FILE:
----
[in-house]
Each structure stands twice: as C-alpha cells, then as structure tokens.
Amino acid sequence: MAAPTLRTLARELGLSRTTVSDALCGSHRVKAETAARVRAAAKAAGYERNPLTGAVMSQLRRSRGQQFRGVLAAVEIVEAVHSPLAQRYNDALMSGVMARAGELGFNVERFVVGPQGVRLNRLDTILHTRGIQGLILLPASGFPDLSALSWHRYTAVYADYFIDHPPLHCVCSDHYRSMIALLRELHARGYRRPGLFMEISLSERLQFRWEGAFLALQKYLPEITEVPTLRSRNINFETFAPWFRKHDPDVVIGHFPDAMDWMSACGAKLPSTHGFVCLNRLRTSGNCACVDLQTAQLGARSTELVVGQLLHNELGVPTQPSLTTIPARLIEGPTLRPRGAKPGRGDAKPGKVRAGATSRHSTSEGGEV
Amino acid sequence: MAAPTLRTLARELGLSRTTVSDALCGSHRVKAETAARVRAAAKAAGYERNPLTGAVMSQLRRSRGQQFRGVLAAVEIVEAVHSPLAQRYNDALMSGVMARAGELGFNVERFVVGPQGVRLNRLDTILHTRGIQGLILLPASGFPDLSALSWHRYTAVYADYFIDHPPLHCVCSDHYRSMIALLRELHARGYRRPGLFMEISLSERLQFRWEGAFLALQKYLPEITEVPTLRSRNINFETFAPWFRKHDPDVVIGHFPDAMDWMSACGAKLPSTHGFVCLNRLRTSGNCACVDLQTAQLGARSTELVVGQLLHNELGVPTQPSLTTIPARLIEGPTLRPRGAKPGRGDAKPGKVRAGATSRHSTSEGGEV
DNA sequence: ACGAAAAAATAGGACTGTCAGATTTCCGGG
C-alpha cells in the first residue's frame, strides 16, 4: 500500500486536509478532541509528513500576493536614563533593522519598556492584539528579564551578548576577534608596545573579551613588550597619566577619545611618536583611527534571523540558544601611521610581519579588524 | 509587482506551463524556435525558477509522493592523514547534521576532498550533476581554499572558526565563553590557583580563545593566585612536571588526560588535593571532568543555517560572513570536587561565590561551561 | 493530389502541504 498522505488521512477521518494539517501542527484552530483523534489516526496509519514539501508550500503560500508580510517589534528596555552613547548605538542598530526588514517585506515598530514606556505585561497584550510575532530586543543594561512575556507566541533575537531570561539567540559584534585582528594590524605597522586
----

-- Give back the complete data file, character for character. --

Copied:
[in-house]
Each structure stands twice: as C-alpha cells, then as structure tokens.
Amino acid sequence: MAAPTLRTLARELGLSRTTVSDALCGSHRVKAETAARVRAAAKAAGYERNPLTGAVMSQLRRSRGQQFRGVLAAVEIVEAVHSPLAQRYNDALMSGVMARAGELGFNVERFVVGPQGVRLNRLDTILHTRGIQGLILLPASGFPDLSALSWHRYTAVYADYFIDHPPLHCVCSDHYRSMIALLRELHARGYRRPGLFMEISLSERLQFRWEGAFLALQKYLPEITEVPTLRSRNINFETFAPWFRKHDPDVVIGHFPDAMDWMSACGAKLPSTHGFVCLNRLRTSGNCACVDLQTAQLGARSTELVVGQLLHNELGVPTQPSLTTIPARLIEGPTLRPRGAKPGRGDAKPGKVRAGATSRHSTSEGGEV
Amino acid sequence: MAAPTLRTLARELGLSRTTVSDALCGSHRVKAETAARVRAAAKAAGYERNPLTGAVMSQLRRSRGQQFRGVLAAVEIVEAVHSPLAQRYNDALMSGVMARAGELGFNVERFVVGPQGVRLNRLDTILHTRGIQGLILLPASGFPDLSALSWHRYTAVYADYFIDHPPLHCVCSDHYRSMIALLRELHARGYRRPGLFMEISLSERLQFRWEGAFLALQKYLPEITEVPTLRSRNINFETFAPWFRKHDPDVVIGHFPDAMDWMSACGAKLPSTHGFVCLNRLRTSGNCACVDLQTAQLGARSTELVVGQLLHNELGVPTQPSLTTIPARLIEGPTLRPRGAKPGRGDAKPGKVRAGATSRHSTSEGGEV
DNA sequence: ACGAAAAAATAGGACTGTCAGATTTCCGGG
C-alpha cells in the first residue's frame, strides 16, 4: 500500500486536509478532541509528513500576493536614563533593522519598556492584539528579564551578548576577534608596545573579551613588550597619566577619545611618536583611527534571523540558544601611521610581519579588524 | 509587482506551463524556435525558477509522493592523514547534521576532498550533476581554499572558526565563553590557583580563545593566585612536571588526560588535593571532568543555517560572513570536587561565590561551561 | 493530389502541504 498522505488521512477521518494539517501542527484552530483523534489516526496509519514539501508550500503560500508580510517589534528596555552613547548605538542598530526588514517585506515598530514606556505585561497584550510575532530586543543594561512575556507566541533575537531570561539567540559584534585582528594590524605597522586